Last week, I heard a podcast from CBC’s The Current discussing a YA trend dubbed “sick lit”: books that glorify illness and harmful behavior (cancer, suicide, cutting, etc.). One of the examples discussed was Thirteen Reasons Why; another was The Fault in Our Stars. (I’ve read both; my thoughts about them are on Goodreads.) The heart of the conversation was whether these novels glorify harmful behavior and encourage depression. Do young readers need to be protected from books that might leave them feeling hopeless, or, worse, like they should hurt themselves?
These discussions around appropriate YA literature seem to come up a few times a year. In 2011, it was the Wall Street Journal’s “Darkness Too Visible” article that ignited passionate discussion about what dark, edgy stories could be doing to impressionable youth. (Click here for a good summary of the controversy.) And last year, there were many articles wondering whether the popularity of The Hunger Games trilogy was a good thing or not, considering that the premise is young teens fighting each other to the death. (Discussed here, here, also here.)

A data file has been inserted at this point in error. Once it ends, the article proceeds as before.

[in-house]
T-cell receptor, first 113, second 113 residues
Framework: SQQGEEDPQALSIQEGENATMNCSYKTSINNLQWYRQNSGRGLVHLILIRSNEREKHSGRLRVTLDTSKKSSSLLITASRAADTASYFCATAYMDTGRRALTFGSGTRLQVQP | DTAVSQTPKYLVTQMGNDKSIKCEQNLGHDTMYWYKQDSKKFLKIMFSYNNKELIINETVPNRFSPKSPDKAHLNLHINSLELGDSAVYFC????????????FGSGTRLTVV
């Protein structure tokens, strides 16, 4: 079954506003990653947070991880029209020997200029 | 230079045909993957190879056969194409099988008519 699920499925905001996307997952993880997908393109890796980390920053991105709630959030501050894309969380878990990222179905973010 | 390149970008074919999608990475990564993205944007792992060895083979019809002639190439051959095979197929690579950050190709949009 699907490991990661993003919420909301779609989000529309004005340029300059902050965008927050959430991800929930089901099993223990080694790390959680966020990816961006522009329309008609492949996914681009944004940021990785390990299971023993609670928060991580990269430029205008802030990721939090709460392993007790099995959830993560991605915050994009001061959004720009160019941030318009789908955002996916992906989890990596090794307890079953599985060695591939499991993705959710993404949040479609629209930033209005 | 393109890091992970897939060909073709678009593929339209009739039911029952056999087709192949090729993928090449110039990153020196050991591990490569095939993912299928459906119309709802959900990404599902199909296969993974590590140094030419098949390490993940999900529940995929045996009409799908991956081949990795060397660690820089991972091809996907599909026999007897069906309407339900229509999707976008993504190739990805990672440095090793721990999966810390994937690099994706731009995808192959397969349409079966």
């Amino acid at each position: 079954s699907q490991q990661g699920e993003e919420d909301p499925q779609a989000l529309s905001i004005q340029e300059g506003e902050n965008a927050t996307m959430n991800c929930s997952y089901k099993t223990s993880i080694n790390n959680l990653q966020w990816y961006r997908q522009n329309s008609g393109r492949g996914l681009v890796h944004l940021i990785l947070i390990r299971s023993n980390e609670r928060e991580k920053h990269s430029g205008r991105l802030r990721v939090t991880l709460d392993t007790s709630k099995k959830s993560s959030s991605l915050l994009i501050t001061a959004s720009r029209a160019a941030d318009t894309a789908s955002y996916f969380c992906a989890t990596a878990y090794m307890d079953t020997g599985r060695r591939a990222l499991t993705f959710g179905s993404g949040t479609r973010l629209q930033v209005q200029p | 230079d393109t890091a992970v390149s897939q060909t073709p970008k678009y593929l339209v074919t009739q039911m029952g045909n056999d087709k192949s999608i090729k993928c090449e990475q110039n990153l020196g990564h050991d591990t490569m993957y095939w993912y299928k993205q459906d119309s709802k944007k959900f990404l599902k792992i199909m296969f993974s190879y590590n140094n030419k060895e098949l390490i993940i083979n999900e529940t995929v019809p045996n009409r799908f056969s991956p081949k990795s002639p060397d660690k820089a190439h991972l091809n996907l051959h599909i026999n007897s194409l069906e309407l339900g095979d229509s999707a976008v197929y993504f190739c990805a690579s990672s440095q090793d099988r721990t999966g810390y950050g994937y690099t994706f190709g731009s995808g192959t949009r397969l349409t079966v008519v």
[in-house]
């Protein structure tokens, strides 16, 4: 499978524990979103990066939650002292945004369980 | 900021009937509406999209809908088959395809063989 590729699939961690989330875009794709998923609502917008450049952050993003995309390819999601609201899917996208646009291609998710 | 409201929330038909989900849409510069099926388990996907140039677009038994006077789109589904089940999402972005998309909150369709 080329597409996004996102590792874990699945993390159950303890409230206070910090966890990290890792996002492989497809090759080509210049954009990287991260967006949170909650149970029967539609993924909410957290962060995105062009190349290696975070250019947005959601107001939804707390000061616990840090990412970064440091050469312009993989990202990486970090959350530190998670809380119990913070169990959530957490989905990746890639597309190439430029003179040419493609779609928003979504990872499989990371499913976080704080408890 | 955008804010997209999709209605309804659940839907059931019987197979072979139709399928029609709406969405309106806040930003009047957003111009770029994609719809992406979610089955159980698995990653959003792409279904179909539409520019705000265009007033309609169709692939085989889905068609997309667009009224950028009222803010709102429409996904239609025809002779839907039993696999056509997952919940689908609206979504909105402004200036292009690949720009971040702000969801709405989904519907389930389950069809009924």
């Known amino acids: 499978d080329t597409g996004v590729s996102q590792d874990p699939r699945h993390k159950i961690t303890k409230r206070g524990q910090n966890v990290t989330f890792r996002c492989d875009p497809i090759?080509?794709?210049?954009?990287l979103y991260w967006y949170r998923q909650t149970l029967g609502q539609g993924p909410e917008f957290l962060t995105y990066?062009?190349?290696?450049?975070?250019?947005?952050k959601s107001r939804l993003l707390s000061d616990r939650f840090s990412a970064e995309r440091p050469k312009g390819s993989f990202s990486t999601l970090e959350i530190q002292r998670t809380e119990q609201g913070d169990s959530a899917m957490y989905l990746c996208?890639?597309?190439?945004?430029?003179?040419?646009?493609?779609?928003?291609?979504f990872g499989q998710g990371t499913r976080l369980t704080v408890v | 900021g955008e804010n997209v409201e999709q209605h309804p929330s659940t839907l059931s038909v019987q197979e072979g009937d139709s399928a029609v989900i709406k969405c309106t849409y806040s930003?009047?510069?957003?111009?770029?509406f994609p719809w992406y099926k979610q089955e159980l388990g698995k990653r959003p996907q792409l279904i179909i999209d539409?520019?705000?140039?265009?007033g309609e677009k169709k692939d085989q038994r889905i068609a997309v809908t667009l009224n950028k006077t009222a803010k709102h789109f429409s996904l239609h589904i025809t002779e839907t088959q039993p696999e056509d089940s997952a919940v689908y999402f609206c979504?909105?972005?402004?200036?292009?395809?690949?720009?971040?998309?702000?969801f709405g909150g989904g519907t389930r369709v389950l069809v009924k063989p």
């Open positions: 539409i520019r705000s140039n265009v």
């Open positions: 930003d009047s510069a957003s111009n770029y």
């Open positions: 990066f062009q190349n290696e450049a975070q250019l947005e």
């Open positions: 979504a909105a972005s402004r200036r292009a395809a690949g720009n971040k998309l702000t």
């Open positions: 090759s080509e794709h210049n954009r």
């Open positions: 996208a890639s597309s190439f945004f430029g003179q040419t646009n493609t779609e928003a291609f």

Full disclosure: as a young teen, I went through a kid-dying-of-cancer stage. I practically cleared my local library out of all the books starring a young protagonist dealing with her mortality along with all the other issues of adolescence (namely, does my crush like me back?). I branched out into books narrated by a teen whose sibling had died (either suddenly, usually in a car accident, or slowly, from illness). And then I devoured series after series of teen horror fiction (usually by R.L. Stine, Christopher Pike, and D.E. Athkins)–those books were littered with teen corpses by the end. Had I stumbled on a book about cutting, I’m sure I would have read it. However, despite my macabre tastes, I was an optimistic and well-adjusted teenager.
As a YA author, I have not written anything that could conceivably be called sick lit. Yet. But there are all sorts of stories that appeal to me, and I appreciate the story-potential of the darker side of life. After all, without conflict and adversity, there’s no story to tell.
For example, if I start telling you about my trip to the grocery store yesterday, you immediately assume that something went wrong–there was a really long line! Someone was rude to me! I saw a celebrity! I ran into my ex with his new wife and baby! If I tell you that I just bought some bread and eggs and left, you’re going to conclude that I’m the most boring person you know. The author’s job is to tell a good story and to tell it well. Period.
Therefore, if one thing is certain, it’s this: authors will continue to write all sorts of stories, teens will continue to devour the ones that resonate with them, and reviewers will continue to attack and defend trends in YA literature.
Now, if you’ll excuse me, I must get back to my work-in-progress about a teenage girl who is battling leukemia while trying to solve the murder of her best friend, who was also her first crush. And a vampire.